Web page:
We Are Pi­rates by Daniel Han­dler, Blooms­bury USA, 288 pages

Pasatiempo - - IN OTHER WORDS - — Robert Ker

Daniel Han­dler is one of the most in­flu­en­tial au­thors of re­cent decades, although you may never have heard his name. As Lemony Snicket, how­ever, his “A Se­ries of Un­for­tu­nate Events” books have sold by the truck­load and set a prece­dent for young adult and chil­dren’s nov­els that still res­onates to­day. En­tire shelves of book­stores are filled with se­ries that bor­row Snicket’s quirky lan­guage and mis­chievous, know­ing tone to great suc­cess.

Snicket’s se­ries was pub­lished be­tween 1999 and 2006. Be­fore and since that span, Han­dler pub­lished books un­der his own name that gar­nered some ac­claim but didn’t achieve any­thing close to rak­ing in the for­tune that “Un­for­tu­nate Events” did. How­ever, his 2011 young-adult book, Why

We Broke Up , earned him a Michael L. Printz Honor for teen lit­er­a­ture and was swiftly picked up for film adap­ta­tion.

His lat­est book, We Are Pi­rates , harks back to his first pub­lished work, 1998’s The Ba­sic Eight . That manuscript re­port­edly scared off pub­lish­ers due to its overly dark tone in de­scrib­ing the life of a teenage girl. If it had been his first novel, We Are Pi­rates might have done the same. It’s about a teenage girl named Gwen, who works out her angst by tak­ing to the high seas of the San Fran­cisco Bay Area in a makeshift pirate ship with her best friend and a mot­ley crew of mis­fits for the pur­poses of plun­der­ing un­sus­pect­ing ves­sels. This story runs along­side that of Gwen’s fa­ther, who ex­pe­ri­ences a cri­sis at a turn­ing point in his ra­dio-pro­duc­ing ca­reer.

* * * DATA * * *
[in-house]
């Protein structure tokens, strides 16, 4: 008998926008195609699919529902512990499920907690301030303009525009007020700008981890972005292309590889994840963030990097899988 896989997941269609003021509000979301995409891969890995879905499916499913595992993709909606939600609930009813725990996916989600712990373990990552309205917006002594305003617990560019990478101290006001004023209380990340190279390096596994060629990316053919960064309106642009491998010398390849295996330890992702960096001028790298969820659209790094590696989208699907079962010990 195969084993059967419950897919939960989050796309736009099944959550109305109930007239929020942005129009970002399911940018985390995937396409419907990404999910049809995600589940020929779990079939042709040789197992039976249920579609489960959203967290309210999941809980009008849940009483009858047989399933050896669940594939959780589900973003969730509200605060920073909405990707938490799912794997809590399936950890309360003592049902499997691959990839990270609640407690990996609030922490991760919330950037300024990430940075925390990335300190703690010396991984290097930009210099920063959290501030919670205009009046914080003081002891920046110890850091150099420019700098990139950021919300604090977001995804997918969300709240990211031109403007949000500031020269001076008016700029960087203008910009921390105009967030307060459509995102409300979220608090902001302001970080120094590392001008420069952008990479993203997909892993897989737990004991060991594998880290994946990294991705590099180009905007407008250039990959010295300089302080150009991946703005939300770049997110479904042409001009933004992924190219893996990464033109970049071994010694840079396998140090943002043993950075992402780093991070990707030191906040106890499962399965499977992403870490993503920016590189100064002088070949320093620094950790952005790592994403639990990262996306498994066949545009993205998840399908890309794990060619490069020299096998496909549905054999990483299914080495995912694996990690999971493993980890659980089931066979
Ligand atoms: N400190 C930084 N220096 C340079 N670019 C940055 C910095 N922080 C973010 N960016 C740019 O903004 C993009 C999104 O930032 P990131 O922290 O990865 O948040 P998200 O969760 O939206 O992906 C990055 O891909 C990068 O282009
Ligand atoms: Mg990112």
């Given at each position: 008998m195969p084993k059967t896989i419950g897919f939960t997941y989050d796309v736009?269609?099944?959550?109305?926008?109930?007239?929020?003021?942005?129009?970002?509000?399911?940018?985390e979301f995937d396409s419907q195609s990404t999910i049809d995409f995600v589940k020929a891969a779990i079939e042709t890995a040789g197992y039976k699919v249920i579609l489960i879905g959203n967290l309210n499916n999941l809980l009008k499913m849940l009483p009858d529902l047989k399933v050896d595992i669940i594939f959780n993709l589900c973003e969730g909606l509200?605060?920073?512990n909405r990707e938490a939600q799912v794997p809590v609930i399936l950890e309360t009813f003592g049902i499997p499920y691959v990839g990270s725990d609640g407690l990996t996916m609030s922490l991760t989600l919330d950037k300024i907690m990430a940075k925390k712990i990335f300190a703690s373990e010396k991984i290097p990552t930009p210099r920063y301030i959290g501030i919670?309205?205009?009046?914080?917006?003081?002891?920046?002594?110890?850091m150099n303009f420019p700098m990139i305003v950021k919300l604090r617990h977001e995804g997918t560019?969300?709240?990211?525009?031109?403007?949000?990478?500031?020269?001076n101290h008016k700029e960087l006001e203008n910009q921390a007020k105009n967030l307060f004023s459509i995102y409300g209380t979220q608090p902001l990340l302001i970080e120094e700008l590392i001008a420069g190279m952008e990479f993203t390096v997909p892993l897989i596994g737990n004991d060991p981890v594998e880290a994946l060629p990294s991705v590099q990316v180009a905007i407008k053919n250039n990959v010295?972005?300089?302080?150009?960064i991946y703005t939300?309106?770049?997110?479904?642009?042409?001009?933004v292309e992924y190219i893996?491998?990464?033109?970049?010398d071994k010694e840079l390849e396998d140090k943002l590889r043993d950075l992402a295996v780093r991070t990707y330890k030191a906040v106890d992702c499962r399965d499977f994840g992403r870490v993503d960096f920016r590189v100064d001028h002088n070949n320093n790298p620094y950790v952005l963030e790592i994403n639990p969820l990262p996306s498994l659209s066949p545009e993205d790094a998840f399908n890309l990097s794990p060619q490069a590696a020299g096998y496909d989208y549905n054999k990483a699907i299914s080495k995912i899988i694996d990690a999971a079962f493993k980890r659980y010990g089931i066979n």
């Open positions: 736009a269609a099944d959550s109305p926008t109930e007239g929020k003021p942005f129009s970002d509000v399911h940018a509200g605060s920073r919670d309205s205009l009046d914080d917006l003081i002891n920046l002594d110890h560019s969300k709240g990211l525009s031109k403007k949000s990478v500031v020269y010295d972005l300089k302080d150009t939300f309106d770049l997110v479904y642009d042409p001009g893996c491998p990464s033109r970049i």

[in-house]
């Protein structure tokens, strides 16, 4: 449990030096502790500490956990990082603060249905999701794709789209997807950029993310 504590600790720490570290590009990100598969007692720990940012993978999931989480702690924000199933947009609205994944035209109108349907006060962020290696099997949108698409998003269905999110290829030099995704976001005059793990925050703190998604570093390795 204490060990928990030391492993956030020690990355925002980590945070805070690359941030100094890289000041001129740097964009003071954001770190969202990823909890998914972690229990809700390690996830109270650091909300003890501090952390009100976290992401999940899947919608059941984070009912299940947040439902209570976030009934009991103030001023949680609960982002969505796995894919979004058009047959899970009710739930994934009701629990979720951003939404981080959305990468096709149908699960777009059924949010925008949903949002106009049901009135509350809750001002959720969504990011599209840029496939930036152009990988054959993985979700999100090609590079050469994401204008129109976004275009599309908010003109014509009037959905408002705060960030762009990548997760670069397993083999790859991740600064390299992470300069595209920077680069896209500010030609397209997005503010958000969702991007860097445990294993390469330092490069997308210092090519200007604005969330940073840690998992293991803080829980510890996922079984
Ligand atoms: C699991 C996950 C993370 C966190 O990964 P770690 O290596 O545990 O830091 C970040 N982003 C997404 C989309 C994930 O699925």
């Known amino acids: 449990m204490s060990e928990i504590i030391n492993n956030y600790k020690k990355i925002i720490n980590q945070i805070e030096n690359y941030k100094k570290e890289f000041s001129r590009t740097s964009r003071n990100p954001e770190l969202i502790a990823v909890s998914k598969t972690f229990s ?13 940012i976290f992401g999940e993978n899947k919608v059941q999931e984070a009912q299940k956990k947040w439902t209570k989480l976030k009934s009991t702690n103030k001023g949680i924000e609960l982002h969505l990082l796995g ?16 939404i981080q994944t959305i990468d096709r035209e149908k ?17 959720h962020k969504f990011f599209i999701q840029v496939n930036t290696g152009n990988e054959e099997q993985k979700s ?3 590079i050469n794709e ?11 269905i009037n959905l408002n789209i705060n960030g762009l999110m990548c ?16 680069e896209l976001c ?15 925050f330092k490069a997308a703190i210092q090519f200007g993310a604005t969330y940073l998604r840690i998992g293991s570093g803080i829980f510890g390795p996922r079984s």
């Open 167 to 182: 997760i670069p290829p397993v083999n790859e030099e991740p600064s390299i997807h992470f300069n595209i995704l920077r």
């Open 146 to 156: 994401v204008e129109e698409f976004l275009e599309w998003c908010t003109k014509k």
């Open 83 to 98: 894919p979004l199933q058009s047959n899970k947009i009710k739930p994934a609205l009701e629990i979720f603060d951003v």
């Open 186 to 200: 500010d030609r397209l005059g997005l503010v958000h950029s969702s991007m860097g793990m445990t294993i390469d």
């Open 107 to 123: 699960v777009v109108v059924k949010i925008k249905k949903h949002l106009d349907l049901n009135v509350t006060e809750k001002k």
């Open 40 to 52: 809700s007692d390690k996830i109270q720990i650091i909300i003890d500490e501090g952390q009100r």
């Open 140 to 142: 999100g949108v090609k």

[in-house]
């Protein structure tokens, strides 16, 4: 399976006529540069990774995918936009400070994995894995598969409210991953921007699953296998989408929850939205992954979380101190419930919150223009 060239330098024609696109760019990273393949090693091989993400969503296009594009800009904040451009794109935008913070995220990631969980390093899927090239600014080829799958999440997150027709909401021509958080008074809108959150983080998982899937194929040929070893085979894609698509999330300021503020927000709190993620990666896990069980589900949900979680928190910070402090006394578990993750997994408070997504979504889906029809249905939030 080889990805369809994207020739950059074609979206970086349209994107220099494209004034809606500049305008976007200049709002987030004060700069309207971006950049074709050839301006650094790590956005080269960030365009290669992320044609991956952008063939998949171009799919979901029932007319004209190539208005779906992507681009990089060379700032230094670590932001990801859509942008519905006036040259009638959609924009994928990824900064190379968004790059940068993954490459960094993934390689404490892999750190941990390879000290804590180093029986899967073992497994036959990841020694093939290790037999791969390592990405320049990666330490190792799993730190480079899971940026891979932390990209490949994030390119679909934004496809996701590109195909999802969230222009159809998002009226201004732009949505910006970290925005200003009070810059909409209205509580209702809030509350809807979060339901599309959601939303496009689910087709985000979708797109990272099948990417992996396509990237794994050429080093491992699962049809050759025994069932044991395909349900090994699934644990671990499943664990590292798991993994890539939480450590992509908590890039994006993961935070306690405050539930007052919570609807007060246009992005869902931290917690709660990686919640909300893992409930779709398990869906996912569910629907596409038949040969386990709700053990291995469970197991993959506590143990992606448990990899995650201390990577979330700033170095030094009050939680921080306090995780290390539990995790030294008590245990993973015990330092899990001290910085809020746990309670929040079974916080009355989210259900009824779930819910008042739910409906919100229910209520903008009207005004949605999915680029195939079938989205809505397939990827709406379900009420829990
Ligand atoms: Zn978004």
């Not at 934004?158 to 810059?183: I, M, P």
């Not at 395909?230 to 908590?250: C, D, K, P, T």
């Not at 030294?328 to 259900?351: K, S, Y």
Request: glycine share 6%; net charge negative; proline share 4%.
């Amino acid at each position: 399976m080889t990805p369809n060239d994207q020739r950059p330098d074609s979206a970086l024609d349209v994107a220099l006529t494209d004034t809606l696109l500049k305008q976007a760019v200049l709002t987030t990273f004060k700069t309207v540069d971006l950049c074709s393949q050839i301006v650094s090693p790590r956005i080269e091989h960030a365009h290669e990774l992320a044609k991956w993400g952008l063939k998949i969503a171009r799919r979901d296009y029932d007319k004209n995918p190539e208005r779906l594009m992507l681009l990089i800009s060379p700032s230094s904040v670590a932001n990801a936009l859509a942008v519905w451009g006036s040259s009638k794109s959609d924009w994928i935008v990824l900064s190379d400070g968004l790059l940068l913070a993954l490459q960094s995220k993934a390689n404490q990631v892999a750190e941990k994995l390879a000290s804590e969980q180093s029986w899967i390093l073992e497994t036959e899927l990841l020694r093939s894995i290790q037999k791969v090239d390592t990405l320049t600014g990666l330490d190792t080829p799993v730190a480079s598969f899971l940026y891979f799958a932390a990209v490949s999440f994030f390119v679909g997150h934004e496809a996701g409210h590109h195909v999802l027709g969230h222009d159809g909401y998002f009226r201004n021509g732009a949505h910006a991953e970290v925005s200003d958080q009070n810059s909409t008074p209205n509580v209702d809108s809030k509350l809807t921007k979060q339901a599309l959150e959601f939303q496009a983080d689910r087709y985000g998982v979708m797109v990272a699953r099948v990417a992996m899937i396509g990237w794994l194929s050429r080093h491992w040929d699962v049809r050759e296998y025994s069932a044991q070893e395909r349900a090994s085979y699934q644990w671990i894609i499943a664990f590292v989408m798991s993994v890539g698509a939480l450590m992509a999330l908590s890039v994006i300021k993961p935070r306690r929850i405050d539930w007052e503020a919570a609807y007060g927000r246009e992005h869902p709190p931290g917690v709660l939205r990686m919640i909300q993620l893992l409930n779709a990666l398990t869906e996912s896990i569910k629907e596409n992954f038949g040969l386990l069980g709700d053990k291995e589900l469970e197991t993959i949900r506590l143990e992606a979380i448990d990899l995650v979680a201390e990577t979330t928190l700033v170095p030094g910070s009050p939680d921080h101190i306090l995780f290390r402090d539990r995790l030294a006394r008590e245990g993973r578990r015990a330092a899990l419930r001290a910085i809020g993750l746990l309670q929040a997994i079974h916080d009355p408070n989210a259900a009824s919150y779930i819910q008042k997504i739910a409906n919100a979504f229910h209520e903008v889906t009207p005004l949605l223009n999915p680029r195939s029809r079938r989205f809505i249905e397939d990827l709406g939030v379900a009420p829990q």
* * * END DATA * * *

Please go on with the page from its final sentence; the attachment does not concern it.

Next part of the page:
What could be con­sid­ered de­light­fully macabre in the “Un­for­tu­nate Events” nov­els comes off as merely mean-spir­ited here. What could be con­sid­ered glee­fully gothic when writ­ten for chil­dren is mostly de­press­ing when the dark edge takes on more ex­plic­itly mor­bid shad­ows for an older au­di­ence. He leaves lit­tle doubt that he holds af­fec­tion for his char­ac­ters, but the act of read­ing this book is not a joy­ful one — even be­fore the pirate voy­age shifts from whim­si­cal fan­tasy to a vi­o­lent re­al­ity.

Han­dler does have a pe­cu­liar way of con­vey­ing the world — which is his great­est strength, but it’s also a weak­ness. Of Gwen’s fa­ther, for ex­am­ple, Han­dler writes, “He was a land­lub­ber, with no sea legs even in his own house, and his daugh­ter, his baby, was storm­ing in the next room, un­hinged, unan­chored, and grounded.” The re­lent­less­ness of this kind of phras­ing and his scat­ter­shot de­tails makes the book un­usual, but it also holds read­ers at a dis­tance, for­bid­ding them from con­nect­ing to the char­ac­ters.

It’s also hard to thread the nee­dle when you’re us­ing ob­tuse and ec­cen­tric lan­guage to tell a story that in­cludes miss­ing chil­dren, mur­der, Alzheimer’s dis­ease, and is­sues of gen­der and race. Han­dler has had re­cent trou­ble with the lat­ter of late, hav­ing made taste­less jokes while hon­or­ing AfricanAmer­i­can writer Jacqueline Wood­son at the 2014 Na­tional Book Awards (he has since apol­o­gized and do­nated con­sid­er­able sums to the non­profit We Need Di­verse Books). In We Are Pi­rates , the au­thor’s om­nipresent nar­ra­tor adds to the book’s un­even tone with quirky and know­ing asides through­out, in­clud­ing when he di­rectly in­forms his au­di­ence that nearly ev­ery­one in the book is white. This book is the lat­est in a se­ries of un­for­tu­nate events for him.

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